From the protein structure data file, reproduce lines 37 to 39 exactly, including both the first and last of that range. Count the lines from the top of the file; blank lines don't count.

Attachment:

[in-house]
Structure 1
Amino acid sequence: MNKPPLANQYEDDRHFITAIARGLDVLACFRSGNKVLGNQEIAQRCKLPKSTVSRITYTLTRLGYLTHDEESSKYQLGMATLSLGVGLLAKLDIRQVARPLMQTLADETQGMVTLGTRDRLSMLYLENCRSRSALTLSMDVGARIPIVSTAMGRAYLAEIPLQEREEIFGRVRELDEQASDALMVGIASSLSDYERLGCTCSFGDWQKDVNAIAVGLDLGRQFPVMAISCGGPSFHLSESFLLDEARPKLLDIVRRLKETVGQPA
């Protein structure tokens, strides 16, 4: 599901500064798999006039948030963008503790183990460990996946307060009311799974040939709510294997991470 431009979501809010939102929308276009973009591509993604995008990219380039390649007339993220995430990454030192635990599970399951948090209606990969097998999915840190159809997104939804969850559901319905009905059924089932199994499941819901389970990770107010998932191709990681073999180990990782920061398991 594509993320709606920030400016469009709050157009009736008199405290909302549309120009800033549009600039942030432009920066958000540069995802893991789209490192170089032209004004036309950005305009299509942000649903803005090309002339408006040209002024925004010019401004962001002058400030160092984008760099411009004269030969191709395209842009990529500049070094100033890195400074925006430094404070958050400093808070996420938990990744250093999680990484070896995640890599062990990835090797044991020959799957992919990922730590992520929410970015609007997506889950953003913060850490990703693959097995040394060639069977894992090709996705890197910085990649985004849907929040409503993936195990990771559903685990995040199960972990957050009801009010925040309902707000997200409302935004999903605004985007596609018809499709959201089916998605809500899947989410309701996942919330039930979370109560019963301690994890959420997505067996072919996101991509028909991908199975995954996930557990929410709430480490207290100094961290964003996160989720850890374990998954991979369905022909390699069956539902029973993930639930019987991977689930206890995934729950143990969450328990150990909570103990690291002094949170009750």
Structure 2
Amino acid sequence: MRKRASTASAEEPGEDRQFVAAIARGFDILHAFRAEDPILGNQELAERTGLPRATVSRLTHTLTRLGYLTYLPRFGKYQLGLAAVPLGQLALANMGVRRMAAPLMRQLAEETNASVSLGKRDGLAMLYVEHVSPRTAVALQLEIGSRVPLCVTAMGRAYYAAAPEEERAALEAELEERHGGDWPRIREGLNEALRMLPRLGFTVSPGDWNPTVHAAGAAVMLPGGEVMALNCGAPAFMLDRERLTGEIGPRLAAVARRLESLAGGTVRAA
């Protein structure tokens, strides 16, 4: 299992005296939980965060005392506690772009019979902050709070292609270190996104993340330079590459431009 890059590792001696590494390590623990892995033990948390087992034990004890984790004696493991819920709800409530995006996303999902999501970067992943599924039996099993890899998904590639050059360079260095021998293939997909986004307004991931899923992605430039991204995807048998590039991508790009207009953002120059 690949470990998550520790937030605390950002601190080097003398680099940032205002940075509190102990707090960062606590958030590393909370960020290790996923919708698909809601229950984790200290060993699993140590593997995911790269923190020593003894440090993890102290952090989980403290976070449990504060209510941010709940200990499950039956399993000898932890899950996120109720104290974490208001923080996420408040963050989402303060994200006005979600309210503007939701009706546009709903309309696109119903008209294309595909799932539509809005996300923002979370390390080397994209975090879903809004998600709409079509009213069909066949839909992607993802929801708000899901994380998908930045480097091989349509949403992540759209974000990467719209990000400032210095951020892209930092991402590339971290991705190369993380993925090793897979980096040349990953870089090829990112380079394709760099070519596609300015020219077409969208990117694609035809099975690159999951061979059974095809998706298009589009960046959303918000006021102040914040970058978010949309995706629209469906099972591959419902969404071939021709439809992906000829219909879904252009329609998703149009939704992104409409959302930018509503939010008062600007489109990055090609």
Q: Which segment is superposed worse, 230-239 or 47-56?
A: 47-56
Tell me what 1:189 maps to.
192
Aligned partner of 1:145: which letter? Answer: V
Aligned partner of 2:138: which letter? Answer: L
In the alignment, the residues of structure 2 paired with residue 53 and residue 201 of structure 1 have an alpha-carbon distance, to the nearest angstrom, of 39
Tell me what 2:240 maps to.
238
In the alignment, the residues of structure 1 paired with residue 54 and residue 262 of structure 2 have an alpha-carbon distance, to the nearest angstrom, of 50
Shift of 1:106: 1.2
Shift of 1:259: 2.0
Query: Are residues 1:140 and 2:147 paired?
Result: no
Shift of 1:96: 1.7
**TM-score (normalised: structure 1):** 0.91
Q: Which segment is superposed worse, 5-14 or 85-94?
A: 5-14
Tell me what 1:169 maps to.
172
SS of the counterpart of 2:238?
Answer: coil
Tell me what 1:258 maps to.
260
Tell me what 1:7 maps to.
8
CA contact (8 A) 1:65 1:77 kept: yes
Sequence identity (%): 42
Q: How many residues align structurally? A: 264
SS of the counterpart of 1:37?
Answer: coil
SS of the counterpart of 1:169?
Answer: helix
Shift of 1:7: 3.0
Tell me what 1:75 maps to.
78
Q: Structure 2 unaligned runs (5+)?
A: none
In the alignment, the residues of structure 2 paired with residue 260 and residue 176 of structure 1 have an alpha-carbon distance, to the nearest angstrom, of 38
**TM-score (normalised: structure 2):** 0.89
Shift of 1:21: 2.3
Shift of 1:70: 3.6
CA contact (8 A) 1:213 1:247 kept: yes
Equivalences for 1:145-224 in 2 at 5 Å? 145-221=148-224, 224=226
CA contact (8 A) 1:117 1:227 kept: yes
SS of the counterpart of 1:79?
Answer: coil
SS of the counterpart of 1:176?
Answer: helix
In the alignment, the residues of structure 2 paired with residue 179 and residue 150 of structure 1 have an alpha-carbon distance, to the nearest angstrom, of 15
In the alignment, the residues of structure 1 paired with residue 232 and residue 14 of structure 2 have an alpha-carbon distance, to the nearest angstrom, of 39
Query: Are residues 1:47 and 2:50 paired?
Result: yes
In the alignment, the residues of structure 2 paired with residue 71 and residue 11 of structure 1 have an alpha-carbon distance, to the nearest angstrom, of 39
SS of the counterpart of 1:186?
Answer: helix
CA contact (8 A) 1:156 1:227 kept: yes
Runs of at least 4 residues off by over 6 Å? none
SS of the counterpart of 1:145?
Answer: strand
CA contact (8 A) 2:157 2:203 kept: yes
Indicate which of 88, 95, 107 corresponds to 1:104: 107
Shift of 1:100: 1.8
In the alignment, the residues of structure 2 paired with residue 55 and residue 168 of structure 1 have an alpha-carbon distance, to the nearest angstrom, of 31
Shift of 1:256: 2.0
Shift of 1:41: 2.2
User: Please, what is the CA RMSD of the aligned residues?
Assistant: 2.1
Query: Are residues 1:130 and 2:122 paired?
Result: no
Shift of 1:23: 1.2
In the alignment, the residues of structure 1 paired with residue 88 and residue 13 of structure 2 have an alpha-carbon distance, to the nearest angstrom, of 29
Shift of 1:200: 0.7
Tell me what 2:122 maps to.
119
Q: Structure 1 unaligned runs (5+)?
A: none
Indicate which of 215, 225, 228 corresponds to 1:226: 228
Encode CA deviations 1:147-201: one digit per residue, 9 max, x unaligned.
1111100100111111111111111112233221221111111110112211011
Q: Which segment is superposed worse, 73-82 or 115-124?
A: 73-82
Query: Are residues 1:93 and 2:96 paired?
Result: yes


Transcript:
SS of the counterpart of 1:37?
Answer: coil
SS of the counterpart of 1:169?